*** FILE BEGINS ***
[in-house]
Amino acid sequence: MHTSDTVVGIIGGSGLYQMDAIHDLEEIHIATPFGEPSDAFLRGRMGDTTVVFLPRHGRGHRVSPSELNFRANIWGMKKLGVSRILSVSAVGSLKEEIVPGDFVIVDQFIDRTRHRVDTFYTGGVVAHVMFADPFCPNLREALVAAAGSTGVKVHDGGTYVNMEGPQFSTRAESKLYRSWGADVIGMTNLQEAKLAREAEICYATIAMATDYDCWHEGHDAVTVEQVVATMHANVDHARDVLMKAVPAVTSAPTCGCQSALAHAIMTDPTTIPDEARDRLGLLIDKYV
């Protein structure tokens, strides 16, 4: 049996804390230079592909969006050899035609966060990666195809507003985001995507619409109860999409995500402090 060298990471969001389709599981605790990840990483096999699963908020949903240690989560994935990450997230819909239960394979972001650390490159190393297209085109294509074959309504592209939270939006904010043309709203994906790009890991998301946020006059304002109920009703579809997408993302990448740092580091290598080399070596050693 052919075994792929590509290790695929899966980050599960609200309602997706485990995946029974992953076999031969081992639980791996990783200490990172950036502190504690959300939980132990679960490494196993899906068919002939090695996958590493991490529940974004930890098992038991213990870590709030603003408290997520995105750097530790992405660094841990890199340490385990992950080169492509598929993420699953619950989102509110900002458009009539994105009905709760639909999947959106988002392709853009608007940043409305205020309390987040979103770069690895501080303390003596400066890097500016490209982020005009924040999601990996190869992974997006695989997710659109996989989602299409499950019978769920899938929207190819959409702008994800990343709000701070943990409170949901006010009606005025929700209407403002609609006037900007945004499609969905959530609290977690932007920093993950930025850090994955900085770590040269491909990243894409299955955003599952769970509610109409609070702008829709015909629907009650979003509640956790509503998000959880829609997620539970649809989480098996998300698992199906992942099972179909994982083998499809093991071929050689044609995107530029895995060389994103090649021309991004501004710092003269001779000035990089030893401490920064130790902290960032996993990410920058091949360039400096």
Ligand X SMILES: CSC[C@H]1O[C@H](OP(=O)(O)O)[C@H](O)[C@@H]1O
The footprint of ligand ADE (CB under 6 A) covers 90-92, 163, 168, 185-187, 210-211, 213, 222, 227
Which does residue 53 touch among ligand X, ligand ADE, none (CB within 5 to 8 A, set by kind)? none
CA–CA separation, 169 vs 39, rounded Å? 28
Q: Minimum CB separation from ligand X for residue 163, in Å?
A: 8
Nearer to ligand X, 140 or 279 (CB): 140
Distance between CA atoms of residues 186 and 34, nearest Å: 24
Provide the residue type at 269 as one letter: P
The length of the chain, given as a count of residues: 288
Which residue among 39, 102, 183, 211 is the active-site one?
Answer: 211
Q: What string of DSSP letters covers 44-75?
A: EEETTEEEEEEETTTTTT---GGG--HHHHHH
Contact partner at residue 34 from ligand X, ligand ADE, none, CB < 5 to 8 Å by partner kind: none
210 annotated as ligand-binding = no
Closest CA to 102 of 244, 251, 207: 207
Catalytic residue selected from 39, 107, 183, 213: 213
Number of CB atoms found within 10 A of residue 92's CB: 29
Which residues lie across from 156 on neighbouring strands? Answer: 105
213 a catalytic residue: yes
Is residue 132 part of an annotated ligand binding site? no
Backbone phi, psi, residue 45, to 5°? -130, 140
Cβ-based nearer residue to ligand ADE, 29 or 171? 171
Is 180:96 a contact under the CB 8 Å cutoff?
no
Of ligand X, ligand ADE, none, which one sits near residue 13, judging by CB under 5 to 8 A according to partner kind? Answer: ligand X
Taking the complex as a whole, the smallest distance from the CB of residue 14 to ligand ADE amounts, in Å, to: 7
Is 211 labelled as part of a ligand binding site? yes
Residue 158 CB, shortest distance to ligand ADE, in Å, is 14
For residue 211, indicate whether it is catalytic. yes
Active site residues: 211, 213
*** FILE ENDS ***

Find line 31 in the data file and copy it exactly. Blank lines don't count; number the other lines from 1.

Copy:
Taking the complex as a whole, the smallest distance from the CB of residue 14 to ligand ADE amounts, in Å, to: 7